The first hijacker showed up as I was drinking my coffee and scanning the newspaper and catching up with my favorite bloggers. Because I was moving so slowing the hijacker found it rather easy to overtake me. My children were in no position to rescue me either, ensconced with their new "car city" playing "traffic." They did not need me for hours, therefore, how could they know mom was struggling to escape to the gym for that 9:30 a.m. cycle class?

Could I escape for 11 a.m. yoga?

The second hijacker put me to work on a task I had no intent on tackling that day. This hijacker forced me to clean out the boxes and caddies and other receptacles filled with copious amounts of art supplies. Appealing to my instinct to nest, I was obliged to throw out old paint, broken crayons, dried out markers, used up coloring books. Consolidate, condense, create space. Ahhhh. It was awful and yet I felt grateful to my attacker. It was so good in a bad way.

I could always sneak away to the gym in the afternoon. 

The next hijacker employed stay-at-home-mother tactics, making my children accomplices. With every "project" spread out on the kitchen table before finding its proper place, naturally we had to play with it first: The undried out paint; the modeling clay, the stickers, the paper dolls. Mommy read stories, made lunch and discovered she was weak and delusional from pretending to home school. The hijacker forced me upstairs and tied me down for as long as my children watched a Charlie Brown cartoon.

Hurry! Get up! Run to the basement! Who would notice if I squeezed in a quick hour of yoga?

But the basement had Christmas decorations that needed to be boxed up. Then there was the matter of returning the favor of a "play date" for a neighbor (the one who so graciously took in my kids last week while I was preoccupied with staring at the porcelain in my bathroom). Trash pick up was tomorrow. I needed to collect the trash, put out the recycling. I needed to assemble the girls' lunches for school tomorrow. I needed to find a sitter for next week. I needed to make my next prenatal appointment. And wouldn't it be nice if I cooked dinner? 

The hijackers didn't even let me watch Oprah.

They are so mean.

But wimpy. Apparently it was too cold for the hijackers to stick around. It's -24 degrees here today. That's not the wind chill. That's the real temperature. One more time just in case you missed it: NEGATIVE TWENTY FOUR DEGREES. Preschool was cancelled today. We are free to go to the gym! We will be the family wearing ski masks on a mission to hijack my procrastination.

Monday, January 12, 2009

Clear-cut Competition (When Pregnant)

Photo courtesy of Jof's photostream at Creative Commons
Good thing because I would never think to take this photo myself.

True story. Whenever I go to the doctor and have to pee in a cup I pride myself on having the clearest urine in the lab. I don't consider myself seriously competitive--just slightly--but when I became pregnant the first time, after 10 years of road races and triathlons, I had to find small ways to compete. You can't go from finishing an Ironman Triathlon to becoming pregnant with twins in the same year without, um how shall I put it... filling the void.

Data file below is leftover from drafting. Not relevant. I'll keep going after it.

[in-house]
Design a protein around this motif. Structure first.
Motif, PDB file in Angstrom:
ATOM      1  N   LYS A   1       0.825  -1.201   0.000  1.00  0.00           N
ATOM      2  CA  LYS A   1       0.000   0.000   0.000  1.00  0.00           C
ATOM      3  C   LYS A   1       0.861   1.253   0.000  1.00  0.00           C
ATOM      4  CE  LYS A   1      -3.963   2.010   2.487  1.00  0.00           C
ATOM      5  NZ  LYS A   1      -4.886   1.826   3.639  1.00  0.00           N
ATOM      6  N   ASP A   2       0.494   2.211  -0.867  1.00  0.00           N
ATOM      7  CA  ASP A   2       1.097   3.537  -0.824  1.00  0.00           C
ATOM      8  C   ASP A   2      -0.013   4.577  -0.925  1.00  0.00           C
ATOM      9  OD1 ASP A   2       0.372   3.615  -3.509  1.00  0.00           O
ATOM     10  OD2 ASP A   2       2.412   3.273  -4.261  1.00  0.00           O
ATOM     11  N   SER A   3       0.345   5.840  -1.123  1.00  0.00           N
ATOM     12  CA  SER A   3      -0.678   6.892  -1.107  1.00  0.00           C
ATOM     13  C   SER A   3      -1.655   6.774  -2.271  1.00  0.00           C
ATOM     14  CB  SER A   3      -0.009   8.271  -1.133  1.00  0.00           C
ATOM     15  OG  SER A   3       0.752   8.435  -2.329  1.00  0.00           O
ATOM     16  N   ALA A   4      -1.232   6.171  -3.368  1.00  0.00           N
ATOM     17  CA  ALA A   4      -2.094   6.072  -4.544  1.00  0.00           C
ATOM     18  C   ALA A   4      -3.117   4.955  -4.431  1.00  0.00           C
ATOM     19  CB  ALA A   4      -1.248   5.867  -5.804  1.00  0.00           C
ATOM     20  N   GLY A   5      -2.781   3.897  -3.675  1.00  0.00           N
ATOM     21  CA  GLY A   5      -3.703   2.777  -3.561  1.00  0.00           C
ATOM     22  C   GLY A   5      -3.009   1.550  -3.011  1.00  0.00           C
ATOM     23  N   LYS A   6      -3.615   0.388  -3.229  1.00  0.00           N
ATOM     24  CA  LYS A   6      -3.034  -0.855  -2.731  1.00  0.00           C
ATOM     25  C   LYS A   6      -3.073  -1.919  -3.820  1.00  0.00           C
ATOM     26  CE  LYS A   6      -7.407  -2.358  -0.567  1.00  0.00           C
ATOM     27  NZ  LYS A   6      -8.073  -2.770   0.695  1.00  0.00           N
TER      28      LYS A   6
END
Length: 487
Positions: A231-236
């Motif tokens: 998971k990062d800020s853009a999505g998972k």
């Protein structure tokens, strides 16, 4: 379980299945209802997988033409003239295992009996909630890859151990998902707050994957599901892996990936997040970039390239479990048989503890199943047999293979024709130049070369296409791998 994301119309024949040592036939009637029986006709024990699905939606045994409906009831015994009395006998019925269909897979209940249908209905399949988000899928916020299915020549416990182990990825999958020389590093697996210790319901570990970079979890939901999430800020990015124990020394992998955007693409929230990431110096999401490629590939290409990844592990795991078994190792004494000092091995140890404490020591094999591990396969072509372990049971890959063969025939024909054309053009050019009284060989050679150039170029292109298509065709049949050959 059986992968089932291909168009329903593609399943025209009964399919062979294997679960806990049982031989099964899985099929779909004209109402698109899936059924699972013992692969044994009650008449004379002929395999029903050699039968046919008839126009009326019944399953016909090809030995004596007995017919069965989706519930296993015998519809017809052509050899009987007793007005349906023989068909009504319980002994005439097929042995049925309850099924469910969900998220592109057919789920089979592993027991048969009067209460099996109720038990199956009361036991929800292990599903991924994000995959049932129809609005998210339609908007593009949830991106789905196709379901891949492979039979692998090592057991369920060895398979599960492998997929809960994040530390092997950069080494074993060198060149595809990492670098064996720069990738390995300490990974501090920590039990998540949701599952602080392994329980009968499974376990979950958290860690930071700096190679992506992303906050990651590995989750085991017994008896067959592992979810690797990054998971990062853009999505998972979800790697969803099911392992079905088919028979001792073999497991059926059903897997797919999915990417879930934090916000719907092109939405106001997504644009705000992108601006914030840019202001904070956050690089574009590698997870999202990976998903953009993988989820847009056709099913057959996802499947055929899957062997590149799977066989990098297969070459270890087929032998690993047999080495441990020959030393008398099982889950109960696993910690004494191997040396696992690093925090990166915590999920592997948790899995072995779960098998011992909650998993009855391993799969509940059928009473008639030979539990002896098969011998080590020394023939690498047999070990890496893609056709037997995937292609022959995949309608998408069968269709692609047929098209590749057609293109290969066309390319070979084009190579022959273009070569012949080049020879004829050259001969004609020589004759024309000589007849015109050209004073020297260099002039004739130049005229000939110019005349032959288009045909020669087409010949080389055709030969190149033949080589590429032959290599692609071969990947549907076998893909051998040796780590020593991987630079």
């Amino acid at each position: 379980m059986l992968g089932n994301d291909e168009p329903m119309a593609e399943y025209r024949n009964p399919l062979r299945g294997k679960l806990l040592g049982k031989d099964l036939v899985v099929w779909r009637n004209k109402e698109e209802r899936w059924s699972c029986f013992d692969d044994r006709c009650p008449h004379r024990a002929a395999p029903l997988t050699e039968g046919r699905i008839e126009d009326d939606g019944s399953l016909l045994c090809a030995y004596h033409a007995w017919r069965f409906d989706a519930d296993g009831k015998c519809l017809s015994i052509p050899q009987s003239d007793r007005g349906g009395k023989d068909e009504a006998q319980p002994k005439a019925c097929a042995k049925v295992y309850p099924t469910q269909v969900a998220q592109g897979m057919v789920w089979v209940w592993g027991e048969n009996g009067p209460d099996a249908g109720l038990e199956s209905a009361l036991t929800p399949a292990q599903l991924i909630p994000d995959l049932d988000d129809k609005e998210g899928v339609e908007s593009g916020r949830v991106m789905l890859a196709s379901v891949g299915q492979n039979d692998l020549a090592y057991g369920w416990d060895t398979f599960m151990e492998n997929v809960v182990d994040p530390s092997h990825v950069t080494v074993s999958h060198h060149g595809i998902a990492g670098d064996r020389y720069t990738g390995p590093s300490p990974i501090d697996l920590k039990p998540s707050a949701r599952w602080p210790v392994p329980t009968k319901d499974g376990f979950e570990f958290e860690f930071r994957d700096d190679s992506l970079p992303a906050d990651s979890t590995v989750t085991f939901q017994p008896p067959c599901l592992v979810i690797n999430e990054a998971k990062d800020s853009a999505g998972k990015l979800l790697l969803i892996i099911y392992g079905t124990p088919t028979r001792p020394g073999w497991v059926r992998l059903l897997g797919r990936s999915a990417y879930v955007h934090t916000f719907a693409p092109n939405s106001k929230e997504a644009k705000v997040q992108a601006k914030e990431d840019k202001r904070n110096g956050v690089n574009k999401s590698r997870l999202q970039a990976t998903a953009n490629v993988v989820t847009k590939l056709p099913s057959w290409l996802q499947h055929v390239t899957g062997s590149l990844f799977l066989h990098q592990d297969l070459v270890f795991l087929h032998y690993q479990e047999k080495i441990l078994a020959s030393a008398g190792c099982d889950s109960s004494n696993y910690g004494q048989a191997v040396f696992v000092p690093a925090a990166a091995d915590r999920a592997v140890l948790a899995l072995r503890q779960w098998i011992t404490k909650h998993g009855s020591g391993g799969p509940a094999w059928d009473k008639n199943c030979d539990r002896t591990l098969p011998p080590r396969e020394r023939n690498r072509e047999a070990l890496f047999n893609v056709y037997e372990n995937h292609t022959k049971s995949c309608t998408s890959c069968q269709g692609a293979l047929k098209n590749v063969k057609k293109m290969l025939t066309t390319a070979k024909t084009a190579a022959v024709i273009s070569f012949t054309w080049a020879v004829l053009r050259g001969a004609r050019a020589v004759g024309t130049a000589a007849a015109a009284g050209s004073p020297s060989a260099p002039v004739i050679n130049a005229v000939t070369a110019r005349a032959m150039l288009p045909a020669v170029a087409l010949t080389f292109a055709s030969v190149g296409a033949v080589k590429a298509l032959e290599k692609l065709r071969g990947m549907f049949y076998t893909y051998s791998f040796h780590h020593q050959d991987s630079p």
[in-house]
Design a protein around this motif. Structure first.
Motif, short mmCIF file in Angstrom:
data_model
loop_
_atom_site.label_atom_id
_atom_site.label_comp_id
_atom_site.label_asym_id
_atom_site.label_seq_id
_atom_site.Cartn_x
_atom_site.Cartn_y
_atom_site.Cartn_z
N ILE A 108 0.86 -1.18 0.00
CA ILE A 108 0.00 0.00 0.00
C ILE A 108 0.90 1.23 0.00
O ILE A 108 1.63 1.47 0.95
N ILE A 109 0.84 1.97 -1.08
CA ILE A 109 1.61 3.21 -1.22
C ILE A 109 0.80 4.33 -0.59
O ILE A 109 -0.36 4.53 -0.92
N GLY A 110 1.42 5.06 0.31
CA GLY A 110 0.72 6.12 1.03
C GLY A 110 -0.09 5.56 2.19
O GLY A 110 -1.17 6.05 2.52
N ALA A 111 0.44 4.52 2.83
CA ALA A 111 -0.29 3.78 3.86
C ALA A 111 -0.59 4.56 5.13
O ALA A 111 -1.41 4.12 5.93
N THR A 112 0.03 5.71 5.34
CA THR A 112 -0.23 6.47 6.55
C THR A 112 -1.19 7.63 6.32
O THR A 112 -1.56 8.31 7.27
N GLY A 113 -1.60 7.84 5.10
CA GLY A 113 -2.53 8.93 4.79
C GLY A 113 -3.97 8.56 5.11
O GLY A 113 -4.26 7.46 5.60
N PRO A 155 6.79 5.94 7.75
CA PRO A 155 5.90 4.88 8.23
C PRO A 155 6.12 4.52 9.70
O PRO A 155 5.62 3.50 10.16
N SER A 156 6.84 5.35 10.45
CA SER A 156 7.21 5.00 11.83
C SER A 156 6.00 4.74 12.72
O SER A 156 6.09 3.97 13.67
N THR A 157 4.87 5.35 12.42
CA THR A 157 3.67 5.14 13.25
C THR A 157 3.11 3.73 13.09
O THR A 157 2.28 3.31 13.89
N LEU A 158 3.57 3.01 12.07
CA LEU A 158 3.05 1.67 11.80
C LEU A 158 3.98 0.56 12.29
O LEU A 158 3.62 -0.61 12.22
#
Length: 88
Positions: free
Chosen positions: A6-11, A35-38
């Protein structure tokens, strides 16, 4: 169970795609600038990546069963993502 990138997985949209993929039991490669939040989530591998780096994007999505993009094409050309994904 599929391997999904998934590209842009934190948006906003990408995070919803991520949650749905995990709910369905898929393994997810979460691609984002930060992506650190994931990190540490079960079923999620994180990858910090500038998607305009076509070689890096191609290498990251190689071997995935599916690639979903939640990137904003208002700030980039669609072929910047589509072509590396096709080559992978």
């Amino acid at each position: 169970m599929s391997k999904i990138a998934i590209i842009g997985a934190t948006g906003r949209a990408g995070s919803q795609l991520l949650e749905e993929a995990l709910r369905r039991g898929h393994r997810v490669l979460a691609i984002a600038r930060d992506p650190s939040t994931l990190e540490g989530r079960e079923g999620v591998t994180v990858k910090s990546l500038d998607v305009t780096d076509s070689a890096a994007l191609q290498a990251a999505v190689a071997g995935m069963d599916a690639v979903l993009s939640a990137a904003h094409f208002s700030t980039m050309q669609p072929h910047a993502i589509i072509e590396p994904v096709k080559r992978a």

And so with my first pregnancy, and the next, and this one, each time I provide a urine sample and place it in the little door for the lab technician to retrieve and scrutinize--for things like bacteria and protein, not clarity I realize--I take a certain amount of pride when there are other samples waiting, that mine is always the clearest of the crop. (And I can't help but get a little self-righteous about it too: Do these people drink water? What kind of sludge makes urine that color?)

Friday ended my streak. First let me explain (this is what athletes do when they've not had the stellar outcome they expected; they start with all the reasons their race could not have ended the way they hoped). 

I came face to porcelain with a stomach bug last week (in the process I discovered that you cannot barf a baby). I spent several days eating nothing to very little, and tried desperately to keep down liquids. By Friday morning, I was onto my second real meal and thought it might be wise to start taking a multi-vitamin again. In the chaos of trying to pack up three kids to join me at my midwife appointment (no sitter, one slammed finger in the bathroom door and a minor battle over appropriate shoes) I forgot to bring a water bottle along for the road. Come to think of it, after walking the dog that morning, a partial yoga tape, making pancakes for the girls (and me, who am I kidding, I was ravenous by then)... I don't recall drinking anything but a cup of hot tea.

But I thought nothing of it. Until my midwife reminded me to leave a "sample" before I left. (Cue music from shower scene in "Psycho.") 

I lifted the clear plastic vial to my face for closer inspection. I was horrified. To make matters worse, I had an audience. Three sets of eyeballs were huddled around me transfixed on the little cup.

"Ewwwww gwoss!" Said my little one.

"Momma, why is yo pee pee ownge?" Asked K. 
(Translation: Mother dear, why is your urine the color of canned pumpkin?)

Then Mc added somewhat haughtily, down-right self-righteous: "Our pee pee is yellow!"